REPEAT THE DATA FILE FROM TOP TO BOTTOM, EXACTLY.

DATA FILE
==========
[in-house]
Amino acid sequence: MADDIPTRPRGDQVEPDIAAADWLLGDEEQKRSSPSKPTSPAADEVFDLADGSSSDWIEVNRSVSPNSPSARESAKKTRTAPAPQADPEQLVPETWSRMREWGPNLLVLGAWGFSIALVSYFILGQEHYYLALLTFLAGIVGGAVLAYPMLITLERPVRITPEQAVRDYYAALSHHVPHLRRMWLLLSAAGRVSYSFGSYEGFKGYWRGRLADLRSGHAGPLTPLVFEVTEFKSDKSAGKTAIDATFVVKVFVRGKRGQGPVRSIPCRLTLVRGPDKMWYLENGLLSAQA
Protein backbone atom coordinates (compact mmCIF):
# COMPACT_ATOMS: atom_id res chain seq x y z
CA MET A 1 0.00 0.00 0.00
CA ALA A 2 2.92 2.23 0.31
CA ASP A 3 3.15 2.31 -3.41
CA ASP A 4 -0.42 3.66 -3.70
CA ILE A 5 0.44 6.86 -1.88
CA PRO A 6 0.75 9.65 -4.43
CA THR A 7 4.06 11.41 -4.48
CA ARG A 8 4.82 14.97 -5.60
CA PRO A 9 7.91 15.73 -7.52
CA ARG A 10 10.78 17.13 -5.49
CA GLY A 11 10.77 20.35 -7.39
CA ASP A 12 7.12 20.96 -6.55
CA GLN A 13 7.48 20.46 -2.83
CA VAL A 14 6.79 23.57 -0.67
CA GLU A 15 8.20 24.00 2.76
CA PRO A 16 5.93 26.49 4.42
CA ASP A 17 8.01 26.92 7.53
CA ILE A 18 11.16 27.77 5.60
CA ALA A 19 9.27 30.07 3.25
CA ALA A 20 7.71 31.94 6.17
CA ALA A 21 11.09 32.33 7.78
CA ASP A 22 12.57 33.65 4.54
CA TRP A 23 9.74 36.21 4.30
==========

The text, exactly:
[in-house]
Amino acid sequence: MADDIPTRPRGDQVEPDIAAADWLLGDEEQKRSSPSKPTSPAADEVFDLADGSSSDWIEVNRSVSPNSPSARESAKKTRTAPAPQADPEQLVPETWSRMREWGPNLLVLGAWGFSIALVSYFILGQEHYYLALLTFLAGIVGGAVLAYPMLITLERPVRITPEQAVRDYYAALSHHVPHLRRMWLLLSAAGRVSYSFGSYEGFKGYWRGRLADLRSGHAGPLTPLVFEVTEFKSDKSAGKTAIDATFVVKVFVRGKRGQGPVRSIPCRLTLVRGPDKMWYLENGLLSAQA
Protein backbone atom coordinates (compact mmCIF):
# COMPACT_ATOMS: atom_id res chain seq x y z
CA MET A 1 0.00 0.00 0.00
CA ALA A 2 2.92 2.23 0.31
CA ASP A 3 3.15 2.31 -3.41
CA ASP A 4 -0.42 3.66 -3.70
CA ILE A 5 0.44 6.86 -1.88
CA PRO A 6 0.75 9.65 -4.43
CA THR A 7 4.06 11.41 -4.48
CA ARG A 8 4.82 14.97 -5.60
CA PRO A 9 7.91 15.73 -7.52
CA ARG A 10 10.78 17.13 -5.49
CA GLY A 11 10.77 20.35 -7.39
CA ASP A 12 7.12 20.96 -6.55
CA GLN A 13 7.48 20.46 -2.83
CA VAL A 14 6.79 23.57 -0.67
CA GLU A 15 8.20 24.00 2.76
CA PRO A 16 5.93 26.49 4.42
CA ASP A 17 8.01 26.92 7.53
CA ILE A 18 11.16 27.77 5.60
CA ALA A 19 9.27 30.07 3.25
CA ALA A 20 7.71 31.94 6.17
CA ALA A 21 11.09 32.33 7.78
CA ASP A 22 12.57 33.65 4.54
CA TRP A 23 9.74 36.21 4.30